Source Modeling

  • Sara Gonzalez Andino
  • Rolando Grave de Peralta Menendez
  • Bob W. van Dijk
  • Jan C. De Munck
  • Thomas Knösche
Part of the Springer Series in Synergetics book series (SSSYN)

Abstract

Electroencephalography (EEG) is the measurement of the potential difference between two electrodes attached to the head, as a function of time. Usually, multiple channels are recorded with respect to a-common reference electrode. Since the EEG is generated by electrical activity of the brain, a study of EEG signals may reveal the functioning of the brain. Similarly, the Magneto Encephalogram (MEG), which is the magnetic induction field corresponding to the electrical brain activity, can be recorded to study brain function. Although the generation mechanisms of EEG and MEG are very similar, the measurement of MEG is much more involved than EEG because the magnetic field of the brain is only very weak (O(10¯13 T)). The EEG can be recorded with electrodes and quite common electrical amplifiers, whereas for the MEG one needs SQUIDS (Super Conducting Quantum Interference Device) and usually a magnetically shielded room.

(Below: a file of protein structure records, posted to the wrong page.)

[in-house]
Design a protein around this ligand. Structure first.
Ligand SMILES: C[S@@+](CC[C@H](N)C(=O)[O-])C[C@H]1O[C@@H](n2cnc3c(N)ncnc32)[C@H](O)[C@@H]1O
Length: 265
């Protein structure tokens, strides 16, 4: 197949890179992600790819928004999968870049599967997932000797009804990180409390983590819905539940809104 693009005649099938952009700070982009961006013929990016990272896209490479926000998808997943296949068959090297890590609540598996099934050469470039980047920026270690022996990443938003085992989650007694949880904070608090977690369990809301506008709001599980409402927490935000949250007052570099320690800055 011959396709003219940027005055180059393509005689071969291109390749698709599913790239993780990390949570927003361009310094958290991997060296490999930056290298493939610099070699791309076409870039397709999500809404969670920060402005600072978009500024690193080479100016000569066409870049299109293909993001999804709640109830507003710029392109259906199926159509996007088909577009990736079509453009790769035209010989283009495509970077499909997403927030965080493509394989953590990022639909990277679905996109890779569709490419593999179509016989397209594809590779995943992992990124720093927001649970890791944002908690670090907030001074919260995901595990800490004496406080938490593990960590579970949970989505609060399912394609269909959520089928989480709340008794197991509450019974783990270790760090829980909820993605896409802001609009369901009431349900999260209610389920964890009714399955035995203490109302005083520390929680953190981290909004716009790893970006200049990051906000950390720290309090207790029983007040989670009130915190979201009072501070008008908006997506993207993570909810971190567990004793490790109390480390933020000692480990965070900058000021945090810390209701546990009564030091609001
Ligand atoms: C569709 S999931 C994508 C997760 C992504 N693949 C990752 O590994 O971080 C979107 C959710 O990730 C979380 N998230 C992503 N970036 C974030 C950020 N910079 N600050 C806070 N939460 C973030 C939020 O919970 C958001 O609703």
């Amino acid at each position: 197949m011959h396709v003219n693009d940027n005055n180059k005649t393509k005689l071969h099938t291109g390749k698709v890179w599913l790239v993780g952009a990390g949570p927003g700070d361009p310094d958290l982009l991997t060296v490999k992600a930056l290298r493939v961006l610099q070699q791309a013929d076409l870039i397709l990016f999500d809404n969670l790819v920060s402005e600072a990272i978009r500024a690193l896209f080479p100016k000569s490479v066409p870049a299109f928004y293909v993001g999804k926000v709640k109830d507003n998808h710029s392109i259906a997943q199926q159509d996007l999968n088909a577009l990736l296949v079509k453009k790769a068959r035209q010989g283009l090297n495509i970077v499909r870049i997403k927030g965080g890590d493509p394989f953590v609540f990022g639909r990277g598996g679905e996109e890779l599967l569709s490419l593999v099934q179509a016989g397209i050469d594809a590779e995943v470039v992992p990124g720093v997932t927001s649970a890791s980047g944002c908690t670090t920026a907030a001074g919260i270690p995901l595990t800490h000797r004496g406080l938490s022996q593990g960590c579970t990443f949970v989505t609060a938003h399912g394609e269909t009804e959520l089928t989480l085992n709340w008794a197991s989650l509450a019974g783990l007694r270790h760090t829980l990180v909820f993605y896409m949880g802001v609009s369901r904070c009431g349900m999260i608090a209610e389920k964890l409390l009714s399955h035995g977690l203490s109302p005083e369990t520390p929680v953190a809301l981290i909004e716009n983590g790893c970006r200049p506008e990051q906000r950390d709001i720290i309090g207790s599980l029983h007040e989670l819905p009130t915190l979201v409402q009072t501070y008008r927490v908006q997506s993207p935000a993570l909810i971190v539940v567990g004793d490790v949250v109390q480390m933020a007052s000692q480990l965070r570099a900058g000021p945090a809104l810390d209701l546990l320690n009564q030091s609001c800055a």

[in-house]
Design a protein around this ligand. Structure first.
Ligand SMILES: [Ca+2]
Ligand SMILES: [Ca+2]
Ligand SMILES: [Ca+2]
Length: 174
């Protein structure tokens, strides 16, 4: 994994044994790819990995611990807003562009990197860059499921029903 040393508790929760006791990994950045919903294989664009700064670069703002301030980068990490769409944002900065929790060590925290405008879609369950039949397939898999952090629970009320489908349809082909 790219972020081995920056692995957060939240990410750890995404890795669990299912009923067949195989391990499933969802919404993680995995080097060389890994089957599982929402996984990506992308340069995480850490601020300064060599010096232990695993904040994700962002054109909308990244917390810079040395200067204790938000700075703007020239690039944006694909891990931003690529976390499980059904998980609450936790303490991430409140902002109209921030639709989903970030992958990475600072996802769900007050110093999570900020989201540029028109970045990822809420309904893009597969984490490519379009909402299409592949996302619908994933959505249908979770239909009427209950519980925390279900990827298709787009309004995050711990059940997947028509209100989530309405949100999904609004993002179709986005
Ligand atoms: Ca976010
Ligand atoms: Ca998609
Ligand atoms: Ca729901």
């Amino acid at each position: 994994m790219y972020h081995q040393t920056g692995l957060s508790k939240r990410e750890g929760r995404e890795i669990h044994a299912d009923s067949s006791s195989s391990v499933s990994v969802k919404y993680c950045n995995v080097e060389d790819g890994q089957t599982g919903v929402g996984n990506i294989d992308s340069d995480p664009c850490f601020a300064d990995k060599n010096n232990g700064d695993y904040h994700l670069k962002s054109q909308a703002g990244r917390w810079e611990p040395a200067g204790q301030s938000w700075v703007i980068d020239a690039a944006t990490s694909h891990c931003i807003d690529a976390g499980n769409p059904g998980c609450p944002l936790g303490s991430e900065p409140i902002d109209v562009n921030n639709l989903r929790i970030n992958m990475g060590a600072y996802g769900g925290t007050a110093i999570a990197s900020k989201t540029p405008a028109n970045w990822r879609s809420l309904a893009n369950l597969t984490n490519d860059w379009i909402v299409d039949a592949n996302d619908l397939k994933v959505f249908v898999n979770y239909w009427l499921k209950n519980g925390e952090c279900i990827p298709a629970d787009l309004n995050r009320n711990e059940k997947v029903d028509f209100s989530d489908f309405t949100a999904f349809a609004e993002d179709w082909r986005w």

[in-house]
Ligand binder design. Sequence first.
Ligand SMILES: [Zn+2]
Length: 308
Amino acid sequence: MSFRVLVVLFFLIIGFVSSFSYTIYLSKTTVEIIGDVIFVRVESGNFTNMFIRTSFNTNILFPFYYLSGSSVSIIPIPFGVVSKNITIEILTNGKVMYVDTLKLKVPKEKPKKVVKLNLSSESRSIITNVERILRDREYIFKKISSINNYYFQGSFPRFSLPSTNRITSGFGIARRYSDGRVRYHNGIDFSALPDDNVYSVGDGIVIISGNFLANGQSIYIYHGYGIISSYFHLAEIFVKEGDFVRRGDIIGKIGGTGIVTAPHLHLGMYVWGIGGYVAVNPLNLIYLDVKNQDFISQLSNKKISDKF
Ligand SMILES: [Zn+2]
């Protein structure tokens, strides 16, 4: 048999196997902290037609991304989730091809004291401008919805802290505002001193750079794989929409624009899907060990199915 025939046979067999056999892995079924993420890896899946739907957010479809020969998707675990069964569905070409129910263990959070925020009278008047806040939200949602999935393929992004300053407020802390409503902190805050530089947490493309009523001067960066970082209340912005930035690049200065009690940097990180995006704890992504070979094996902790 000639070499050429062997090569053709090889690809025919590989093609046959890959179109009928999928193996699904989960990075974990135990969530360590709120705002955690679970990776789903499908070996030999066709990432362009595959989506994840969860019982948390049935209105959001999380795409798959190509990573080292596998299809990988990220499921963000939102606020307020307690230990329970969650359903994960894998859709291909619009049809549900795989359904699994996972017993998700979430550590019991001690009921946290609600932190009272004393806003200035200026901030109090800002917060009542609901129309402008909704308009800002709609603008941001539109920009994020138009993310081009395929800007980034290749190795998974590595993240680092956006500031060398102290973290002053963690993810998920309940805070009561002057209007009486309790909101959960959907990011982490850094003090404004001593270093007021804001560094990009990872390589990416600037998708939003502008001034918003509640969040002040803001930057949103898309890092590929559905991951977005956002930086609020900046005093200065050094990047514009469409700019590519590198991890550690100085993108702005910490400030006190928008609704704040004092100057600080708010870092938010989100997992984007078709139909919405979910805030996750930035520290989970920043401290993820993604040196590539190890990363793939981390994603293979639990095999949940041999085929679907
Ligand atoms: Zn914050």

Preview

Unable to display preview. Download preview PDF.

Unable to display preview. Download preview PDF.

Copyright information

© Springer-Verlag Berlin Heidelberg 1999

Authors and Affiliations

  • Sara Gonzalez Andino
    • 1
  • Rolando Grave de Peralta Menendez
    • 1
  • Bob W. van Dijk
    • 2
  • Jan C. De Munck
    • 2
  • Thomas Knösche
    • 3
  1. 1.Functional Brain Mapping Lab., Dept. of NeurologyGeneva University HospitalGeneva 14Switzerland
  2. 2.MEG Center KNAWAZVU Rec. CAmsterdamThe Netherlands
  3. 3.Max-Planck-Institute of Cognitive NeuroscienceLeipzigGermany

Personalised recommendations